The Late Great Mickey Mantle Besmirched By ‘TELL-ALL’ Book

//The Late Great Mickey Mantle Besmirched By ‘TELL-ALL’ Book

The Late Great Mickey Mantle Besmirched By ‘TELL-ALL’ Book

by Mark Skousen

Many consider Mickey Mantle the greatest baseball player ever, next to Babe Ruth, and he is certainly the greatest switch-hitter in baseball history. Mantle-related items like signed baseballs and bats command the highest prices of any ball player, past or present, with the exception of Ruth. He had a magnetic personality that fans couldn’t get enough of.

He played his entire storied 18-year major-league career for the New York Yankees, wearing the famous number 7 (now retired). He was named Most Valuable Player three times, and some experts think he had nine straight MVP years. He won the coveted Triple Crown in 1956 (leading the league in homers, runs batted in, and batting average).

And as the World Series is about to begin, you should know that Mantle holds the record for most World Series home runs (18), RBIs (40), runs (42), walks (43), extra-base hits (26) and total bases (123). It is doubtful that anyone will surpass him in these categories.

He was the consummate team player, and the Yankees won seven World Series rings with him batting clean-up. Not surprisingly, his name includes the words “key man”: MicKEY MANtle.

mantle1-299x240I saw Mickey play only once in the late 1950s as a youngster, but I will never forget the mammoth home-runs and the power of his swing. Nobody swung the bat with such grit as Mickey Mantle.

Now comes a new “tell all” biography, “The Last Boy: Mickey Mantle and the End of America’s Childhood” by veteran sports writer Jane Leavy, author of a biography of Sandy Koufax, the great Dodger pitcher.

There’s an old saying, “A sculptor never leaves behind all his shavings.” If Jane Leavy really loved Mickey Mantle, as she claims, she would have done the same in writing her biography of the boy wonder, and left out the lurid details about Mantle’s “bad boy” image. Instead, she has become the Kitty Kelly of sports writing, and made us all into peeping toms. I must admit that I could not finish reading her book, which is full of obsessive personal details of a famous man. I couldn’t get past all the gutter language and crass stories.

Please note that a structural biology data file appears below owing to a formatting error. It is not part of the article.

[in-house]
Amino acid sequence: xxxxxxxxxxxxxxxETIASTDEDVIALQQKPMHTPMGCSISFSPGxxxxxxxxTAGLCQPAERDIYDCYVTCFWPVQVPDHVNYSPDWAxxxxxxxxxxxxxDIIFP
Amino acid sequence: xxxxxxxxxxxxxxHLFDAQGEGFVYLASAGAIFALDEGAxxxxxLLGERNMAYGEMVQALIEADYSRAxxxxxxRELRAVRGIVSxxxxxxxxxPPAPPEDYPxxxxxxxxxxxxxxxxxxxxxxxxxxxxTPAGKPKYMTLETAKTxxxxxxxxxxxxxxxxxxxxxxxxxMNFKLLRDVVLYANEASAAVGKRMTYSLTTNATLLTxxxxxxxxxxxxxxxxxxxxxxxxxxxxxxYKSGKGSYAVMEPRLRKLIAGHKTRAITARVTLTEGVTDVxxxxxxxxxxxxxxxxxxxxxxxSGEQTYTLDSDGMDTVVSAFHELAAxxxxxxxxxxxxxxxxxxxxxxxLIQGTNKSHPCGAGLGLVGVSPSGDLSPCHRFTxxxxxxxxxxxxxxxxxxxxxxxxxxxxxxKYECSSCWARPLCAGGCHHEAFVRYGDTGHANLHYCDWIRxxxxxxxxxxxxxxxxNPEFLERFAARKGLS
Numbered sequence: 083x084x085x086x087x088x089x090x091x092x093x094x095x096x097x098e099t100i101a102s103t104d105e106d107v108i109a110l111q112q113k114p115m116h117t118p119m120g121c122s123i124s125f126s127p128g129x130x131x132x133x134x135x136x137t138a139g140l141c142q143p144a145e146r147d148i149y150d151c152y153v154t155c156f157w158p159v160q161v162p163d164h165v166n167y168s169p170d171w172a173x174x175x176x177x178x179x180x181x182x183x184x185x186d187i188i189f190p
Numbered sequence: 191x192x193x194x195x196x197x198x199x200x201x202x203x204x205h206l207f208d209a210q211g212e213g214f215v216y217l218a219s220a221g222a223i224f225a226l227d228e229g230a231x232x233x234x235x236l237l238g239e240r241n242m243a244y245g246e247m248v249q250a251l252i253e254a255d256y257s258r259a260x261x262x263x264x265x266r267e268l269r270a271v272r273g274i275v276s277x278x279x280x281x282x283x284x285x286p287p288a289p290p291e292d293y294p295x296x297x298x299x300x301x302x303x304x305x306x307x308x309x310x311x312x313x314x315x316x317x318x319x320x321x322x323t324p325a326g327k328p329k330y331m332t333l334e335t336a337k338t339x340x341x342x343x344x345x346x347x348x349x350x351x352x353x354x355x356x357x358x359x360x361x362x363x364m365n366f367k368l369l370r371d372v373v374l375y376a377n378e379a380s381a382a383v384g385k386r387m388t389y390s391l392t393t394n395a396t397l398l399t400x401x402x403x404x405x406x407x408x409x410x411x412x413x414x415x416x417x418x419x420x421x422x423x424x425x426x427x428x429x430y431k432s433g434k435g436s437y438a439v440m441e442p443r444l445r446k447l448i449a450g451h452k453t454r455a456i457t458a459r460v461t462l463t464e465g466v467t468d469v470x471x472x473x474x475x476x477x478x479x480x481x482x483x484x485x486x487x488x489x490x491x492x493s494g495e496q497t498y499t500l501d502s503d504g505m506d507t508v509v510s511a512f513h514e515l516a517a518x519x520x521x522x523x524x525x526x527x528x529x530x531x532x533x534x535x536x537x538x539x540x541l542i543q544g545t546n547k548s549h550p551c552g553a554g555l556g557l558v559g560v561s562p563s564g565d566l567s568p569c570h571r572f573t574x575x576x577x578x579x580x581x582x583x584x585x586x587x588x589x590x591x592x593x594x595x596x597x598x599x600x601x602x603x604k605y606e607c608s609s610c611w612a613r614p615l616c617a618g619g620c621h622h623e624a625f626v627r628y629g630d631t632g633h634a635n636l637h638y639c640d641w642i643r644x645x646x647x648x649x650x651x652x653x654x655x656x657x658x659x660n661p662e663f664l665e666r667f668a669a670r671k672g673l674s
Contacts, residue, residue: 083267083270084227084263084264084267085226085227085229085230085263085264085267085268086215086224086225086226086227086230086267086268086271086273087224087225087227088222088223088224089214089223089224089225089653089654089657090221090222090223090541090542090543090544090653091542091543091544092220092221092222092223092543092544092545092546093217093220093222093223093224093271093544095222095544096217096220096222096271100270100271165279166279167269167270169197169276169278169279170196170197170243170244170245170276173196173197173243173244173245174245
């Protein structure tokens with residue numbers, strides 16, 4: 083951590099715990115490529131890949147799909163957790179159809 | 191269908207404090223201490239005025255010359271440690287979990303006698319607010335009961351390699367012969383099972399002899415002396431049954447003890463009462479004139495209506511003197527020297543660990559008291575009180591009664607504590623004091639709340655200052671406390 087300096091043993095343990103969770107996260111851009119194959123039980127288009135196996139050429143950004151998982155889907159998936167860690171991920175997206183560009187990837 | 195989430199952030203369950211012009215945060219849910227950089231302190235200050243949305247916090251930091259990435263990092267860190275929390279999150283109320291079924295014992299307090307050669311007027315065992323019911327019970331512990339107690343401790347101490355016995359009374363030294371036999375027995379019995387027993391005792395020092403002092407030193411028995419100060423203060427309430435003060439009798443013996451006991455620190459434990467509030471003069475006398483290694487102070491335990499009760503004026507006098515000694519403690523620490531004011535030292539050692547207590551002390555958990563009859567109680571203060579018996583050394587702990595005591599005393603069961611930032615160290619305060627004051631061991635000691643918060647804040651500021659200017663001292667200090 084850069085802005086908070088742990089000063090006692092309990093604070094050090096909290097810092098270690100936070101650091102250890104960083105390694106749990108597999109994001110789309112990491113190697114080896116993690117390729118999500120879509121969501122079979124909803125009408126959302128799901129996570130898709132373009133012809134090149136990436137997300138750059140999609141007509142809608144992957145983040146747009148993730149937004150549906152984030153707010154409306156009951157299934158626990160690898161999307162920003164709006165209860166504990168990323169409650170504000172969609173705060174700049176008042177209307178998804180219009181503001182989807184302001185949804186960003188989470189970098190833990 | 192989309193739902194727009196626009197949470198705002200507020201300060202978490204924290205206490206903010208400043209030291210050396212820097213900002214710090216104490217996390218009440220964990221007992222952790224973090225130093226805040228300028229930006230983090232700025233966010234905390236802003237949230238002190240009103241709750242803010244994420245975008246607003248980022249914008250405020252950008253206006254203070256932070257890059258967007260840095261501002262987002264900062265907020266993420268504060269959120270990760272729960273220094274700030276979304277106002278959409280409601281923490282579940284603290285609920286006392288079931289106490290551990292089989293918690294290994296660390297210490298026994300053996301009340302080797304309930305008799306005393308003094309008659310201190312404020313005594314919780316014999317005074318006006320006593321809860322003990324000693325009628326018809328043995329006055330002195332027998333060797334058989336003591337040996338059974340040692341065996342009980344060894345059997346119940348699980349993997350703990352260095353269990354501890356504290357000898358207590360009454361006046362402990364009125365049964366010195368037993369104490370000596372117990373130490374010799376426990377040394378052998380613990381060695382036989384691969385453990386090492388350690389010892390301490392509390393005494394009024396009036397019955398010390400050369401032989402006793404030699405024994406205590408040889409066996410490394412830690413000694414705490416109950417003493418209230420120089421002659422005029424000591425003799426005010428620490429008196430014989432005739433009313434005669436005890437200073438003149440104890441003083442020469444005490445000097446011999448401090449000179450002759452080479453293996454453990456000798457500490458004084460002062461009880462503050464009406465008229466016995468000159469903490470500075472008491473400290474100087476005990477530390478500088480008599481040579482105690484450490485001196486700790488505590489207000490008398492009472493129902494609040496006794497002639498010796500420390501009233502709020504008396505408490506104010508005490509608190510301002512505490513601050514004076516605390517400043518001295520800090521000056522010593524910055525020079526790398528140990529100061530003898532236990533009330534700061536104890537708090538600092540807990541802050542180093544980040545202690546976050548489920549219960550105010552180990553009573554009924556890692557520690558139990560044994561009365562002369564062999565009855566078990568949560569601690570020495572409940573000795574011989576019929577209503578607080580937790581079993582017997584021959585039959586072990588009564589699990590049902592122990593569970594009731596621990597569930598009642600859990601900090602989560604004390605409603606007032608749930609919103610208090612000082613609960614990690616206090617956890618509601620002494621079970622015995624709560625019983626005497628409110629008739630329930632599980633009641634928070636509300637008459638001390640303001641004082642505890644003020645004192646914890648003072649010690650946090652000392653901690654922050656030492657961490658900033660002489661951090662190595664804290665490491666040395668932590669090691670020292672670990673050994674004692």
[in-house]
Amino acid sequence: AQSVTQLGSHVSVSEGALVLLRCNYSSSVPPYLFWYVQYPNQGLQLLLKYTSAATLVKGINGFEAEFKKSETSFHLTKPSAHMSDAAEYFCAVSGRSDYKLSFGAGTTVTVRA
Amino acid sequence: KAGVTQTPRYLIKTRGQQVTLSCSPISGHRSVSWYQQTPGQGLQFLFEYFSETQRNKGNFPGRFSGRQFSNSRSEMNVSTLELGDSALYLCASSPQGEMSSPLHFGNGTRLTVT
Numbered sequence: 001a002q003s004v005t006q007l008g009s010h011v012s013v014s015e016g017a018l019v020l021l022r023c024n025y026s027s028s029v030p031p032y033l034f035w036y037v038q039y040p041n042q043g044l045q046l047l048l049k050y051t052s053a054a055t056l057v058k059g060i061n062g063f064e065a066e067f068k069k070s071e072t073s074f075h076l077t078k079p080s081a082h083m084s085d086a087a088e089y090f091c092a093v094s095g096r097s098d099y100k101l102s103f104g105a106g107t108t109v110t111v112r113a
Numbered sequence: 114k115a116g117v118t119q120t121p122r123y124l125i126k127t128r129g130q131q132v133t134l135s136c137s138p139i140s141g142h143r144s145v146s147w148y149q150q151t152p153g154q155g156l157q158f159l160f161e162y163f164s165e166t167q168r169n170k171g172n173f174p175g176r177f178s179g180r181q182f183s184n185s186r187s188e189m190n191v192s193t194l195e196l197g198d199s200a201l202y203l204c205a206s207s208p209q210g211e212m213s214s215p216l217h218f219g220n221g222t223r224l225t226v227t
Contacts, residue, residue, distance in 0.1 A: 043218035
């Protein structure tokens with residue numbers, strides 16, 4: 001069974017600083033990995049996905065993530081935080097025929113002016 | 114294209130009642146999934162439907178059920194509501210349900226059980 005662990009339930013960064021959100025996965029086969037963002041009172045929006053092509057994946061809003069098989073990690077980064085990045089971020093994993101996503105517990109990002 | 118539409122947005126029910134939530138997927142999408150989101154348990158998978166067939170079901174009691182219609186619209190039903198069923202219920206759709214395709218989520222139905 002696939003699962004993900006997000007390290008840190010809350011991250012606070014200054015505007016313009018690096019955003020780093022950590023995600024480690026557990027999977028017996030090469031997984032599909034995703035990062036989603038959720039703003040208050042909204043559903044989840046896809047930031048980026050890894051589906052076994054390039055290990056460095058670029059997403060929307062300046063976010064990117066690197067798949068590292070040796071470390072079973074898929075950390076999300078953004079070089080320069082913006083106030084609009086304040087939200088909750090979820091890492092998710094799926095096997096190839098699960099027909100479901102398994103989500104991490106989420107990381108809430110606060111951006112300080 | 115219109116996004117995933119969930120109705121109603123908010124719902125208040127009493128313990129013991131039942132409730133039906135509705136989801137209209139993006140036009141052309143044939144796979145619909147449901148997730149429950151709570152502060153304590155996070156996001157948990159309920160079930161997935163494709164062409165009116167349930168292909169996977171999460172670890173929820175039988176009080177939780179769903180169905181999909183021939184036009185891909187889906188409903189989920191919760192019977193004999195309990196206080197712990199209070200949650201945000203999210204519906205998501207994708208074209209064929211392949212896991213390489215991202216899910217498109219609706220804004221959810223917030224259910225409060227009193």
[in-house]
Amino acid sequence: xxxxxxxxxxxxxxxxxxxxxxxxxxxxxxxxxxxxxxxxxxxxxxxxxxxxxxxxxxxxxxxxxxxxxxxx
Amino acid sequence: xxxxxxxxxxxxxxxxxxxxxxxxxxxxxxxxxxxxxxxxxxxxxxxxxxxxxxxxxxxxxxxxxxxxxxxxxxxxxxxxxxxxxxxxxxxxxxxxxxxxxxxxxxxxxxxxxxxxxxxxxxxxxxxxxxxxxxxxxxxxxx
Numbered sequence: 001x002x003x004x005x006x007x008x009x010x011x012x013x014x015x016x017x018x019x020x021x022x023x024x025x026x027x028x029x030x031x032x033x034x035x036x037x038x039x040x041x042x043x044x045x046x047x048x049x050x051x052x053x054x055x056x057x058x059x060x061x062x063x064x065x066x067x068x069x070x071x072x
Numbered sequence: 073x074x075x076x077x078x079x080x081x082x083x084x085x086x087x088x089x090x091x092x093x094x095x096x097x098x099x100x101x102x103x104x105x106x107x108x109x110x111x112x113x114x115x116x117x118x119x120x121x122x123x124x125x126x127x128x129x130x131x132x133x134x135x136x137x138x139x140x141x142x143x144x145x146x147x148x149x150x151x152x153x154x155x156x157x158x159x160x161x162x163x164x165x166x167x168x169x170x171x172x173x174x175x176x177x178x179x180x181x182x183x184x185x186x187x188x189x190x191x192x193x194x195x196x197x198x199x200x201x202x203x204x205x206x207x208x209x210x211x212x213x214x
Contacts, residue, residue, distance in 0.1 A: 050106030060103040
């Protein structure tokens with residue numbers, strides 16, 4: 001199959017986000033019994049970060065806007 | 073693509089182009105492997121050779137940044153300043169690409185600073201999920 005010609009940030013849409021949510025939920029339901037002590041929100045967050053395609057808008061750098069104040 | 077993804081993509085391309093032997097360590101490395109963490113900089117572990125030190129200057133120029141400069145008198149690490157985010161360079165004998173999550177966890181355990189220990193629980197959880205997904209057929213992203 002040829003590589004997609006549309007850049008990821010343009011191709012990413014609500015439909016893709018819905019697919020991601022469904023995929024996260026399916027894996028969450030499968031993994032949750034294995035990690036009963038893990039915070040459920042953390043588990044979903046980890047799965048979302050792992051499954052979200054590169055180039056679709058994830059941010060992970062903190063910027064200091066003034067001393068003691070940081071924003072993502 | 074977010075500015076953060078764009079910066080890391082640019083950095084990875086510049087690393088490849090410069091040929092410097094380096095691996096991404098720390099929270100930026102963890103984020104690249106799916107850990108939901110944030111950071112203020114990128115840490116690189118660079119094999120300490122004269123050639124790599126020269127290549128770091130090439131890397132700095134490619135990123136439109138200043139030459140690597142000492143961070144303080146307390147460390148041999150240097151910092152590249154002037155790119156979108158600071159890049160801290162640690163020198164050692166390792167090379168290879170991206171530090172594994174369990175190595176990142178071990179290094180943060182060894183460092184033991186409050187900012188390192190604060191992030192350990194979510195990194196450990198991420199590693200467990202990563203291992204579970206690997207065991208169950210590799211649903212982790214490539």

Sports Illustrated had to censor her excerpt in SI. Thank goodness there’s still some dignity left in the sports profession. There was a time years ago when sports writers ignored the peccadillos of their heroes, just as political writers kept silent about their favorite politicians. But that is a by-gone era. The Age of Innocence is long gone.

I don’t really understand the purpose of the public vetting of a great player’s foibles other than pure titillation, which I find to be a lazy endeavor without value.

The “tell all” biographers have done it to the Babe, Joe DiMaggio, George Steinbrenner, and now Mantle.

Years ago, I had the opportunity of meeting my childhood hero at a ball signing, but having heard of his “bad boy” image, I decided against it. A collector went for me, and got an autographed baseball, “To Dr. S, Mickey Mantle,” which I will always cherish. Mantle was a man, not a boy, in my book, and that’s how I would like to remember him.

I don’t want to remember him as a womanizer and teller of dirty jokes, but as the man who would go out of his way to help a team mate or a friend.

I don’t want to remember Mickey Mantle as a drunk who came to the plate and hit a home run. I want to remember him as a great hitter who came limping to the plate in pain and hit a home run, and as he crossed the plate, saw blood ooze from his leg.

That’s my kind of hero.

Mark Skousen is a professional economist, university professor, and author of over 25 books.
He is the editor of Forecasts & Strategies, and producer of FreedomFest (freedomfest.com).
The Daily Caller Article.
He is a lifetime Yankee fan.

2016-12-12T11:30:34+00:00 October 7th, 2010|Insights|2 Comments

2 Comments

  1. Annie December 31, 2016 at 12:37 pm - Reply

    what a great writer you are and a the great respect you have for Mantle’s love of team and love of the game is wonderfully refreshing. I, too, was very disappointed in the book “The Last Boy”. Thank you for your opinion. I am always a Yankee fan!

  2. Jim Blackwell January 31, 2019 at 11:17 am - Reply

    Mickey Mantle was my childhood hero. He had more talent than anyone I have ever saw play the game. Great outfielder, could outrun a deer, had more power than anyone I have ever seen, a great hitter and loved by everyone. A true Yankee. I remember when I was a child sitting in my grandfathers car a 1948 green Chev. with no air conditioner sweating heavy on Saturday and Sundays listening to all of the Yankee games. My grandfather sat and listened to the games with me. What a memory. I couldn’t get enough of the Yankees and Mickey Mantle. I had a chance to see him play a number of times in Washington and Balitmore. I saw him play a exbitition game in Richmond Va. against their farm team back in 1968 it was near the end of his career. He hit a home run over the center field fence, drag bunted for a hit and stole second base. Then they took him out of the game with a standing ovation from the crowd. Their will never be another another Mickey Mantle.

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